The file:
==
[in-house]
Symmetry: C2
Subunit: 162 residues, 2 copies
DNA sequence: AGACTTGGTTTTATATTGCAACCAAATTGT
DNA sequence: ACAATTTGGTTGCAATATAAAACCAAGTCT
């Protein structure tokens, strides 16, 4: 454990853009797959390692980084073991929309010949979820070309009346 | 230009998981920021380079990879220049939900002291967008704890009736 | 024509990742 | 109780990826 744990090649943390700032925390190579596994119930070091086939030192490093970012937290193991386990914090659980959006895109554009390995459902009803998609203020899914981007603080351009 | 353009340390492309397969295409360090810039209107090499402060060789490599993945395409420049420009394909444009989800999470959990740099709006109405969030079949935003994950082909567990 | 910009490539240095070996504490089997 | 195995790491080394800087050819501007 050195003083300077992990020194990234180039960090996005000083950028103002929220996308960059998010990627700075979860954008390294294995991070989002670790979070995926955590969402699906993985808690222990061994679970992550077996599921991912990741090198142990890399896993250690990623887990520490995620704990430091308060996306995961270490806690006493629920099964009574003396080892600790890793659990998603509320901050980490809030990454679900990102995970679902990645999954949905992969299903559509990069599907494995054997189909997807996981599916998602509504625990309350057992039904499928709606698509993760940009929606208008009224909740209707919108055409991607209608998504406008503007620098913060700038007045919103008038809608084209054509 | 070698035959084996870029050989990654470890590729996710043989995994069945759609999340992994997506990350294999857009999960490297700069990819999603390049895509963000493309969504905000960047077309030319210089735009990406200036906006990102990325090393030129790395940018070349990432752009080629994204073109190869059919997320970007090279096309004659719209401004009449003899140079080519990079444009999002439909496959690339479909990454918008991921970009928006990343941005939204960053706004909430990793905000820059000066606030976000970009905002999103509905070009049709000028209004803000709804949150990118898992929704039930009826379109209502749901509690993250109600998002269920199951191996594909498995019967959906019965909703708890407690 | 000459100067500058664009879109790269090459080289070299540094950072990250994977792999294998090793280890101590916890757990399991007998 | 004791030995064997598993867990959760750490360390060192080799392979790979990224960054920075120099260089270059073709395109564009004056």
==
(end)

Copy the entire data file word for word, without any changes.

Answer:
[in-house]
Symmetry: C2
Subunit: 162 residues, 2 copies
DNA sequence: AGACTTGGTTTTATATTGCAACCAAATTGT
DNA sequence: ACAATTTGGTTGCAATATAAAACCAAGTCT
């Protein structure tokens, strides 16, 4: 454990853009797959390692980084073991929309010949979820070309009346 | 230009998981920021380079990879220049939900002291967008704890009736 | 024509990742 | 109780990826 744990090649943390700032925390190579596994119930070091086939030192490093970012937290193991386990914090659980959006895109554009390995459902009803998609203020899914981007603080351009 | 353009340390492309397969295409360090810039209107090499402060060789490599993945395409420049420009394909444009989800999470959990740099709006109405969030079949935003994950082909567990 | 910009490539240095070996504490089997 | 195995790491080394800087050819501007 050195003083300077992990020194990234180039960090996005000083950028103002929220996308960059998010990627700075979860954008390294294995991070989002670790979070995926955590969402699906993985808690222990061994679970992550077996599921991912990741090198142990890399896993250690990623887990520490995620704990430091308060996306995961270490806690006493629920099964009574003396080892600790890793659990998603509320901050980490809030990454679900990102995970679902990645999954949905992969299903559509990069599907494995054997189909997807996981599916998602509504625990309350057992039904499928709606698509993760940009929606208008009224909740209707919108055409991607209608998504406008503007620098913060700038007045919103008038809608084209054509 | 070698035959084996870029050989990654470890590729996710043989995994069945759609999340992994997506990350294999857009999960490297700069990819999603390049895509963000493309969504905000960047077309030319210089735009990406200036906006990102990325090393030129790395940018070349990432752009080629994204073109190869059919997320970007090279096309004659719209401004009449003899140079080519990079444009999002439909496959690339479909990454918008991921970009928006990343941005939204960053706004909430990793905000820059000066606030976000970009905002999103509905070009049709000028209004803000709804949150990118898992929704039930009826379109209502749901509690993250109600998002269920199951191996594909498995019967959906019965909703708890407690 | 000459100067500058664009879109790269090459080289070299540094950072990250994977792999294998090793280890101590916890757990399991007998 | 004791030995064997598993867990959760750490360390060192080799392979790979990224960054920075120099260089270059073709395109564009004056």